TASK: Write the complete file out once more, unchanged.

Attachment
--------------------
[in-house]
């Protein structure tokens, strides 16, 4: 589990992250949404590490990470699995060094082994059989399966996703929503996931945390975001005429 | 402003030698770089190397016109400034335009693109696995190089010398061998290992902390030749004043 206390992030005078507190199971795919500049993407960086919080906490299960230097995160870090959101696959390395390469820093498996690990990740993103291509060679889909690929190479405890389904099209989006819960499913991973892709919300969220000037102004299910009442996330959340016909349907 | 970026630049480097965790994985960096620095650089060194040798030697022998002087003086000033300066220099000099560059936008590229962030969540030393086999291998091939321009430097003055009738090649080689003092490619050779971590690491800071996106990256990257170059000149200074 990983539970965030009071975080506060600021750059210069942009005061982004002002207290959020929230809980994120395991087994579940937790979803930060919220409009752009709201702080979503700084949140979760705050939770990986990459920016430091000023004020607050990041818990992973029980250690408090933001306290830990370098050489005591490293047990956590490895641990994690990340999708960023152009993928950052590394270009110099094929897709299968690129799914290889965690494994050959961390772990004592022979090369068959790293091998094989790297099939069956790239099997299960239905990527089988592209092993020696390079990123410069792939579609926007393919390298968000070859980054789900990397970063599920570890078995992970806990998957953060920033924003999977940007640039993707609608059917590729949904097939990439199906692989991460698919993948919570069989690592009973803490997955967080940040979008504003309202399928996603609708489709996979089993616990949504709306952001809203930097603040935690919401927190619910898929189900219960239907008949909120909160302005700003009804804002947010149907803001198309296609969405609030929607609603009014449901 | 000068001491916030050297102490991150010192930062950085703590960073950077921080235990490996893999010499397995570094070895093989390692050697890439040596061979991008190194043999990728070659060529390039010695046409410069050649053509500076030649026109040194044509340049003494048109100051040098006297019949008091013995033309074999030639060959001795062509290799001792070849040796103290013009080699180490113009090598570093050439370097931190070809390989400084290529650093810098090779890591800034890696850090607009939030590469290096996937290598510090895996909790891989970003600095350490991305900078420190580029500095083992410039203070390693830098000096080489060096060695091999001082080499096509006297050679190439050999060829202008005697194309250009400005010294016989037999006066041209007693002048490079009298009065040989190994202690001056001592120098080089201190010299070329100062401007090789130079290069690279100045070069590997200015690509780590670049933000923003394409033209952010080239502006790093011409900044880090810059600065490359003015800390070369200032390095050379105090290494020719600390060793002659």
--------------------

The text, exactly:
[in-house]
């Protein structure tokens, strides 16, 4: 589990992250949404590490990470699995060094082994059989399966996703929503996931945390975001005429 | 402003030698770089190397016109400034335009693109696995190089010398061998290992902390030749004043 206390992030005078507190199971795919500049993407960086919080906490299960230097995160870090959101696959390395390469820093498996690990990740993103291509060679889909690929190479405890389904099209989006819960499913991973892709919300969220000037102004299910009442996330959340016909349907 | 970026630049480097965790994985960096620095650089060194040798030697022998002087003086000033300066220099000099560059936008590229962030969540030393086999291998091939321009430097003055009738090649080689003092490619050779971590690491800071996106990256990257170059000149200074 990983539970965030009071975080506060600021750059210069942009005061982004002002207290959020929230809980994120395991087994579940937790979803930060919220409009752009709201702080979503700084949140979760705050939770990986990459920016430091000023004020607050990041818990992973029980250690408090933001306290830990370098050489005591490293047990956590490895641990994690990340999708960023152009993928950052590394270009110099094929897709299968690129799914290889965690494994050959961390772990004592022979090369068959790293091998094989790297099939069956790239099997299960239905990527089988592209092993020696390079990123410069792939579609926007393919390298968000070859980054789900990397970063599920570890078995992970806990998957953060920033924003999977940007640039993707609608059917590729949904097939990439199906692989991460698919993948919570069989690592009973803490997955967080940040979008504003309202399928996603609708489709996979089993616990949504709306952001809203930097603040935690919401927190619910898929189900219960239907008949909120909160302005700003009804804002947010149907803001198309296609969405609030929607609603009014449901 | 000068001491916030050297102490991150010192930062950085703590960073950077921080235990490996893999010499397995570094070895093989390692050697890439040596061979991008190194043999990728070659060529390039010695046409410069050649053509500076030649026109040194044509340049003494048109100051040098006297019949008091013995033309074999030639060959001795062509290799001792070849040796103290013009080699180490113009090598570093050439370097931190070809390989400084290529650093810098090779890591800034890696850090607009939030590469290096996937290598510090895996909790891989970003600095350490991305900078420190580029500095083992410039203070390693830098000096080489060096060695091999001082080499096509006297050679190439050999060829202008005697194309250009400005010294016989037999006066041209007693002048490079009298009065040989190994202690001056001592120098080089201190010299070329100062401007090789130079290069690279100045070069590997200015690509780590670049933000923003394409033209952010080239502006790093011409900044880090810059600065490359003015800390070369200032390095050379105090290494020719600390060793002659």